Printed Matter

The Wind 1-4, 2018
Jörg Baier

The Wind is spread out on a display table. The images are oriented in different directions. At first glance, no system is recognizable; at least it is a non-linear sequence of images (unlike the classic Leporello). As you walk around the table, the perspectives on the black and white images change, some become visible, some are covered by others and disappear from view, other viewing axes reveal different connections between the images. The storage boxes stand and lie there, the texts used evoke the title of the work.

Publication The Wind 1-4, 2018
Artists Jörg Baier
Available here

Another, more active approach is conceivable: the viewer takes the folded book in his hand and opens the box. Opening and turning the individual pages is long-winded; the pages are opened and closed in different directions.

The Wind is comparable to a board game, the rules are fixed, but they only form the starting point for a variety of events:

On view is a Ballet Mécanique made from cropped photocopies, Objets Trouvés from the kitchen, the studio and the street, photos, images from art catalogs, postcards and much more. Individual image elements recur in all four Leporello and form the compositional structure of the images. They wander, differently composed, from one image to another. Constantly present are the round, cropped blank copies (backgrounds of photographed museum objects) or the cropped frame strips with their decorations; a recurring detail is also the craquelure of a damaged canvas or a misshapen pile of plaster.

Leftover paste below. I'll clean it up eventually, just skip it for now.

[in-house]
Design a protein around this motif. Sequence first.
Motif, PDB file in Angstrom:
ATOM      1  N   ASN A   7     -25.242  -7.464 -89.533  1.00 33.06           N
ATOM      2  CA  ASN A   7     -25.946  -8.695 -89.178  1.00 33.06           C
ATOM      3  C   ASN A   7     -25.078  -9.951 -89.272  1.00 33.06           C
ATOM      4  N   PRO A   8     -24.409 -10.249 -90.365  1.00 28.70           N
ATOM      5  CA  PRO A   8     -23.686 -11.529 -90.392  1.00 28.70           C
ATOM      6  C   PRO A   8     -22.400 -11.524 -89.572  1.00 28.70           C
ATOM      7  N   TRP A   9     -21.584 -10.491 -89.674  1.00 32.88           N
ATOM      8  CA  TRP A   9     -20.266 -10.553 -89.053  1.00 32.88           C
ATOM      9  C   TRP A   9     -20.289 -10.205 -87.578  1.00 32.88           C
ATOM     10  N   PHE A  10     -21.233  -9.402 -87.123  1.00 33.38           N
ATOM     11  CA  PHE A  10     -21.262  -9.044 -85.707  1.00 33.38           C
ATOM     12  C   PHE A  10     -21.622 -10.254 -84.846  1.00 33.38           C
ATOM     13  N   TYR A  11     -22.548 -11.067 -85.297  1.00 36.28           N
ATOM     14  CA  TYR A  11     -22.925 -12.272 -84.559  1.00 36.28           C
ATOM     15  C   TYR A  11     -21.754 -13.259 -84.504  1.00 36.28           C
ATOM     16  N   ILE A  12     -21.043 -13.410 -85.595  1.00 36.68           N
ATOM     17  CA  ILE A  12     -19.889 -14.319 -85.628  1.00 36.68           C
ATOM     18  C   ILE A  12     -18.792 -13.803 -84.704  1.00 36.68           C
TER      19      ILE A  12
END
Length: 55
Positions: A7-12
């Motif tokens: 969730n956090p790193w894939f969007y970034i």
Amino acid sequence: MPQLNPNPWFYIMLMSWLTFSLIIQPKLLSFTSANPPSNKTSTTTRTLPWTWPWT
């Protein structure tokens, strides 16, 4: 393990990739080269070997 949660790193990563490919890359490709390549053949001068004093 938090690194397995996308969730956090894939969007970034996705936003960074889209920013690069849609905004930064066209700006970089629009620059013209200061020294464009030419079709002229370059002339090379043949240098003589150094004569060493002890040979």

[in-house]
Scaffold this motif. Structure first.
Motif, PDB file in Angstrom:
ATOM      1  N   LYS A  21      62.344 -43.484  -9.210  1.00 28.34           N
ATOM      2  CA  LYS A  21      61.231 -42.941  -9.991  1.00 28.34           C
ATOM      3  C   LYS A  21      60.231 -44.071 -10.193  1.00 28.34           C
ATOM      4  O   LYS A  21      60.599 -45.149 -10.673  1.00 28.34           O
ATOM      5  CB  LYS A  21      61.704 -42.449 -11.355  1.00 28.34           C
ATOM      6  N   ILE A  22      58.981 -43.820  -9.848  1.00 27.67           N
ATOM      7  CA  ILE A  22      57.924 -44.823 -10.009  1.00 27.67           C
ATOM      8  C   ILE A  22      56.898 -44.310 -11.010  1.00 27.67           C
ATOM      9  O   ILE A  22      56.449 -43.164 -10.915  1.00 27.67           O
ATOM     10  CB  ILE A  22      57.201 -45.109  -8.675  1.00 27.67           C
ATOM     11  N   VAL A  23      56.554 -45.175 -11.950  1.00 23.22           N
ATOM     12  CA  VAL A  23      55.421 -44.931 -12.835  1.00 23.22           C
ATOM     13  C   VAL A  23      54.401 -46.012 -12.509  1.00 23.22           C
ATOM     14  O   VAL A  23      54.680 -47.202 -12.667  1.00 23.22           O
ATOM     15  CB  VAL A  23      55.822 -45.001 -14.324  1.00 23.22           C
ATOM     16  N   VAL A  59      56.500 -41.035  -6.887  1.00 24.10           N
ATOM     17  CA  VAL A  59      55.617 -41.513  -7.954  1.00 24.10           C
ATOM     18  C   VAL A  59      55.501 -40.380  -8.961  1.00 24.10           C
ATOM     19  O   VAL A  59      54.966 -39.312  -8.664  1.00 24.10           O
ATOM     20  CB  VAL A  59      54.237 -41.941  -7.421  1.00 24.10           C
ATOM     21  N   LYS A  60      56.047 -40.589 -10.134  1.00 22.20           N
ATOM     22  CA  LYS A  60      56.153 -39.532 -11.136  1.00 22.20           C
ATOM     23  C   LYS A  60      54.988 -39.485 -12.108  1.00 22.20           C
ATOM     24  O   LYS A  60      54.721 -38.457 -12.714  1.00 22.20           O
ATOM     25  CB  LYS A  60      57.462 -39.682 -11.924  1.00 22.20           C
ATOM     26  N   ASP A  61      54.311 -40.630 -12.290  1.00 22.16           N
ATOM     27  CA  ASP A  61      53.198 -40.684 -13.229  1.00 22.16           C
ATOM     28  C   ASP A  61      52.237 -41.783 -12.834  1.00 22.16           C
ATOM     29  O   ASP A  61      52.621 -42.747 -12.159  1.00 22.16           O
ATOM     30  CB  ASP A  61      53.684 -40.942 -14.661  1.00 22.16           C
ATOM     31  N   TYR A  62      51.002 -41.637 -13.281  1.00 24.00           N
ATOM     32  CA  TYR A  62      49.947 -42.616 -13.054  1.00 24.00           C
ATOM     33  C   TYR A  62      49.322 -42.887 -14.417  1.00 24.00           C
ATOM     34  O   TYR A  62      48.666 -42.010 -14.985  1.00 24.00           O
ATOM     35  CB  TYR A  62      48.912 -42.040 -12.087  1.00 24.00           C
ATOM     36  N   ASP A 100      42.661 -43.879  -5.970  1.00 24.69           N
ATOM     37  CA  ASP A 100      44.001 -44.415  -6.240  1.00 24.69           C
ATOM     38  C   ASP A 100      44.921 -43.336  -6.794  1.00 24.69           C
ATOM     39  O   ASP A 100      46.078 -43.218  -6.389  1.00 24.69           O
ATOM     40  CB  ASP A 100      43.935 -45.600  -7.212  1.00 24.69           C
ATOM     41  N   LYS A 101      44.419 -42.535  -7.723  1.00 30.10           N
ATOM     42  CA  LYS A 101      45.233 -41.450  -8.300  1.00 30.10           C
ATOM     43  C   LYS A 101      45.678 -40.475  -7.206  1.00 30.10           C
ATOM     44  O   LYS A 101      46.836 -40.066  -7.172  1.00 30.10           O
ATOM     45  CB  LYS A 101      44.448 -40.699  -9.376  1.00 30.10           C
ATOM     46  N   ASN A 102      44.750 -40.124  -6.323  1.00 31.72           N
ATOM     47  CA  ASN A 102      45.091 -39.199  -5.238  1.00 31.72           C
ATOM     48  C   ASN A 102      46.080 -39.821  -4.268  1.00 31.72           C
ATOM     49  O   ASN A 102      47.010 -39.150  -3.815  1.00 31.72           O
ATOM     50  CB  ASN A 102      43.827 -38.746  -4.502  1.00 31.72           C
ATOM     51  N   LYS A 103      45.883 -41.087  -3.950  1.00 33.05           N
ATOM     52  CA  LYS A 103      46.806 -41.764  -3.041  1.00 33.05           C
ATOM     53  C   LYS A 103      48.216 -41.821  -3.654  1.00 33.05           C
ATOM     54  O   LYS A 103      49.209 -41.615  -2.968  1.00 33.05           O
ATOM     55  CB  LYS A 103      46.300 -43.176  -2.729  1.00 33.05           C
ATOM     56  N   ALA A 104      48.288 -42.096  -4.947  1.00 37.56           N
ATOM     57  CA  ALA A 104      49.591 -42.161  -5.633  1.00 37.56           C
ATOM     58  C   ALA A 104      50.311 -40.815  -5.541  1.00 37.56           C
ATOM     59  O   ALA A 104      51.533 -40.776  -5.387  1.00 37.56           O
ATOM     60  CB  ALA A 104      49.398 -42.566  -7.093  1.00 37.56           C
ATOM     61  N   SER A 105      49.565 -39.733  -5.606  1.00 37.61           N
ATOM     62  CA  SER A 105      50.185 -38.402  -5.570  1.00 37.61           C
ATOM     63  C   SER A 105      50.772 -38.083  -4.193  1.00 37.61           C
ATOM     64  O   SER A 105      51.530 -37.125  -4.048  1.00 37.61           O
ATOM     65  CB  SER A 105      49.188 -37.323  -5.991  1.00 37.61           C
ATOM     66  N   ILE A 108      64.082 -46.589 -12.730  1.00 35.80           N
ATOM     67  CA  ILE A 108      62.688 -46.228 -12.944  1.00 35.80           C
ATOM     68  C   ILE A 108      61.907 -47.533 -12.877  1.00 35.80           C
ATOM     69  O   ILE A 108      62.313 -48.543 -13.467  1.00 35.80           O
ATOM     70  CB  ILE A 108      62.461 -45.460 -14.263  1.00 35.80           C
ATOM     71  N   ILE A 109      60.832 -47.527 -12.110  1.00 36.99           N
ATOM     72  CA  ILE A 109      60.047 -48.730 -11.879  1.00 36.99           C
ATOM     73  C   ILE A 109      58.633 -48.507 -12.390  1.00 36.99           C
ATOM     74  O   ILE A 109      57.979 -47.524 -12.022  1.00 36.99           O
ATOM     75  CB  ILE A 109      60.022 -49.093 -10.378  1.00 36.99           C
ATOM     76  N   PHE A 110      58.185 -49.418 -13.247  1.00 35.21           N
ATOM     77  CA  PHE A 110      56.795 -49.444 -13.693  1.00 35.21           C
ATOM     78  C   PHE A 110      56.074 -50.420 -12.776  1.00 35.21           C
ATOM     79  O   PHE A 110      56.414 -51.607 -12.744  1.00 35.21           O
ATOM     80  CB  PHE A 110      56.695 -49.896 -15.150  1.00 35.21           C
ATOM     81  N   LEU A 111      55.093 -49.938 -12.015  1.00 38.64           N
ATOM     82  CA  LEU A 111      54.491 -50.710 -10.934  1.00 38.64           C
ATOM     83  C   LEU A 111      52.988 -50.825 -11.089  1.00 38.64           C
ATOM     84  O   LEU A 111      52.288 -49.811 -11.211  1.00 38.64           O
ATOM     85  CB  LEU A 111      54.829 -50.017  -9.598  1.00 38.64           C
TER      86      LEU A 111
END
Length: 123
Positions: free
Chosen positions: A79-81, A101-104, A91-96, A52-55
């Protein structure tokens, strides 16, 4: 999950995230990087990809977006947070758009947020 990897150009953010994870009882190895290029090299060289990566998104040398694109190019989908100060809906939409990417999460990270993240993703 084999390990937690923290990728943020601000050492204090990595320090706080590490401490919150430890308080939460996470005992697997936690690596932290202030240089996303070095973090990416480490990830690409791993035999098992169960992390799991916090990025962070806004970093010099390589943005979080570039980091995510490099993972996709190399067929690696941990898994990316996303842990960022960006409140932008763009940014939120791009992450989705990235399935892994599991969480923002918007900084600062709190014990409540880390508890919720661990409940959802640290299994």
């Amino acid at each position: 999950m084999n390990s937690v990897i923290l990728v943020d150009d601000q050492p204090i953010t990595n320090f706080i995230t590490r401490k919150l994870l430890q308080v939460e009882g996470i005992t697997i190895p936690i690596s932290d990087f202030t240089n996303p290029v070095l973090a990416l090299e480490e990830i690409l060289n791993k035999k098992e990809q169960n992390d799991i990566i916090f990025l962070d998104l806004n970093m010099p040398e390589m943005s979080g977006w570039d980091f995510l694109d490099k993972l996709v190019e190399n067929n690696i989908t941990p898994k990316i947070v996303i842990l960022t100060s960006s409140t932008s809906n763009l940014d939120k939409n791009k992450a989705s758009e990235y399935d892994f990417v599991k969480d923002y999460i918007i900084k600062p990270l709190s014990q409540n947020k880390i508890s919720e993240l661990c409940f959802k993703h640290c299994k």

The versatile ability to set up the Leporello takes up the repetitive activities of photocopies and found objects. A choreography of dead objects that awaken to a second life is performed. A private archeology emerges that transfers worthless finds and museum treasures into its own canon. It is Jörg Baier’s archive, a constantly growing collection that, like the work in the studio, is always in motion.

The scraps of text inserted into the images on the inside of the boxes are edited text fragments from Jörg Baier’s readings of Wislawa Szymborska and William Butler Yeats. These texts accompanied the making in the studio.

The wind in the lines is added to a picture in the box, on the other lid of the box you can read “and the rain like never before, it fell in different drops”. The wind and the rain and the raindrops and the other atmospheric weather events evoked stand in a tension that cannot necessarily be resolved with the lifeless, perhaps just brought to life, finds on the black surface of the scanner. The wind can also blow into the photocopies and swirl them around, the rain can soaking the paper, etc.

Decline, revival, the second, phantom-like life of the forms is celebrated in this work and brought into a never-ending sequence of forms.

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